Obviously the Spanky Project is doing its part to help with exposing students, veterinarians and the pet owning population to anesthesia, surgical technique and postoperative care of veterinary patients. As more veterinarians are able to reliably preform and offer sterilization services pet owners will see the benefits in healthier pets that live longer and suffer less injuries and illnesses, lessening the need for a “Cuban Bob Barker”!  As for the problems with bare pharmacy shelves we can only hope that time will improve the situation.

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Spanky Project – working together for the animals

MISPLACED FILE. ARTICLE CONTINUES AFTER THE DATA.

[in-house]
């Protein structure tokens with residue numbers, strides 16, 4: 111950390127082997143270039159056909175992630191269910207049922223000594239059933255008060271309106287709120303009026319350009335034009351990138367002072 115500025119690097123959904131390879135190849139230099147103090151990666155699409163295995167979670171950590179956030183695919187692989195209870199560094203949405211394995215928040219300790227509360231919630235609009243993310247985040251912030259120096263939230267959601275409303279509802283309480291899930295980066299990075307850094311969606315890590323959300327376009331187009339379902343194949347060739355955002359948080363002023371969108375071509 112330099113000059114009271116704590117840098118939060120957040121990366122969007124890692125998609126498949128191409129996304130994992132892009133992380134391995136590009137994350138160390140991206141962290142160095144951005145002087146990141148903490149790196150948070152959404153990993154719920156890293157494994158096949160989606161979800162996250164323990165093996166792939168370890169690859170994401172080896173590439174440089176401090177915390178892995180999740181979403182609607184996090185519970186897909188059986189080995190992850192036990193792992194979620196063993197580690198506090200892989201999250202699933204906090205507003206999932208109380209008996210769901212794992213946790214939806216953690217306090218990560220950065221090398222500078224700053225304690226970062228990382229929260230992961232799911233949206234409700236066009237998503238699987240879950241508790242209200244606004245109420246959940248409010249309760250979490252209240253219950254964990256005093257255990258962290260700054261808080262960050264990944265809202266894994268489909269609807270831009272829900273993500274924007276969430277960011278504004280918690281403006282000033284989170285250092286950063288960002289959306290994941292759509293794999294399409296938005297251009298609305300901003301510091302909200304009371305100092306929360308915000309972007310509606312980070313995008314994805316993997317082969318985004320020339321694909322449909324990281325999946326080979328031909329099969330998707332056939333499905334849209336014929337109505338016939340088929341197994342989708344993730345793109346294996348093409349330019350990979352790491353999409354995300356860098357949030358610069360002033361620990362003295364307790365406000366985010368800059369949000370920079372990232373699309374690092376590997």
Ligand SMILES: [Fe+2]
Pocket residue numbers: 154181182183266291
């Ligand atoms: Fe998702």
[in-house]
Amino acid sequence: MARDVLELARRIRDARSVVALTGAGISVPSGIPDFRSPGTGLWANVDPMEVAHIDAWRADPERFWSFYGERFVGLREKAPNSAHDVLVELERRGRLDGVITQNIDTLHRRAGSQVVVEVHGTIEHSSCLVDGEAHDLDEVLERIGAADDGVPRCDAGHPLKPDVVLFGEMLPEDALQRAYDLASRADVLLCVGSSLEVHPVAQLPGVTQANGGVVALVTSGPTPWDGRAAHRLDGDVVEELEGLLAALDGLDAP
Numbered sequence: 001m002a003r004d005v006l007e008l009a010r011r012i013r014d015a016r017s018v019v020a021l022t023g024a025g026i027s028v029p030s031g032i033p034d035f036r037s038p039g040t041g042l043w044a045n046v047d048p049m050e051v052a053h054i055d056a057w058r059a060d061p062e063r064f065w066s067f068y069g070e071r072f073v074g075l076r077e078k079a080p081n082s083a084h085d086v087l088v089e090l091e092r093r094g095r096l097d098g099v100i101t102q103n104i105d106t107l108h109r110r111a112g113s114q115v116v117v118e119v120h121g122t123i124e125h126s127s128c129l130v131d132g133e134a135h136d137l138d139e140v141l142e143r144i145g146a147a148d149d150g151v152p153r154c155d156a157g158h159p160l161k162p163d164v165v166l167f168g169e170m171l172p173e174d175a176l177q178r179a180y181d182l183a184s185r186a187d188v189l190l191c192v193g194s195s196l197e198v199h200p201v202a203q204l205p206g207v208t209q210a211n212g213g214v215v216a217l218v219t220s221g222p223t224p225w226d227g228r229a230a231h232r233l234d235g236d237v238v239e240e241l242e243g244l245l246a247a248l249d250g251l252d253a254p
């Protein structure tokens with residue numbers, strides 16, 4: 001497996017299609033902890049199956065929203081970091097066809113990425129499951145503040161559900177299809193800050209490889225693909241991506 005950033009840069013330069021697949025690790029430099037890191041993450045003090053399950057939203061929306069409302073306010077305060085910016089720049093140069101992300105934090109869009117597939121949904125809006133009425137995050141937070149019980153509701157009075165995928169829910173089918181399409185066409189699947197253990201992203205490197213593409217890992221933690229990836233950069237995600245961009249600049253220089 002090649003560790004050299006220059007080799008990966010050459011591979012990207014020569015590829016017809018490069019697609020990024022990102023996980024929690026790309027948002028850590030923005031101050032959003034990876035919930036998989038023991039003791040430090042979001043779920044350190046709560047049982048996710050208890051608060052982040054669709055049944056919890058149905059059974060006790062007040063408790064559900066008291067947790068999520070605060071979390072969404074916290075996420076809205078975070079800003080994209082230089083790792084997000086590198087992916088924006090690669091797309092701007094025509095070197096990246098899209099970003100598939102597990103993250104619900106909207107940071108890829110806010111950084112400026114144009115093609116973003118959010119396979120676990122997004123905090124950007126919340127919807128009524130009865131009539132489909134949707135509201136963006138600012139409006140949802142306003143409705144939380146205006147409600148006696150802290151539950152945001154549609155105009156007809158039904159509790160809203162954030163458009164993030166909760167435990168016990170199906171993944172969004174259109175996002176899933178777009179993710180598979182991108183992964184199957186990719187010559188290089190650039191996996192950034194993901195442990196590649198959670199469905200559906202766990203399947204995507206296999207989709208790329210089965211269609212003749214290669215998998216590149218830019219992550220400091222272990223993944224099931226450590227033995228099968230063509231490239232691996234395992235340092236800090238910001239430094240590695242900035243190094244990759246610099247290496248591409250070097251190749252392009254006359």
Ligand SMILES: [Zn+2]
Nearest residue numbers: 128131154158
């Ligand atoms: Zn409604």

The best part of working with the Spanky Project, however, was without a doubt the amazing group of passionate and dedicated volunteers from both Canada and the USA.  Terry, Audrey, Micheal, Michelle, Byron, Stephanie, Gordana, Joe and Jamie. As well as all the amazing Cuban volunteers we met Gusto, Claudia and Katcha to name just three (okay, I admit it, I can’t remember the other names!). You took us in, made us feel welcome and at home and even let us do a few surgeries!  Here is hoping we meet again, can share another Mojito and our passion for Cuba, its pets and the people that make it so special!

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Hasta luego Amigos,

Elaine and Rob

Final disclaimer, there may have been several mojitos consumed during the making of this blog…I cannot be held responsible for the opinions held by a slightly inebriated version of myself.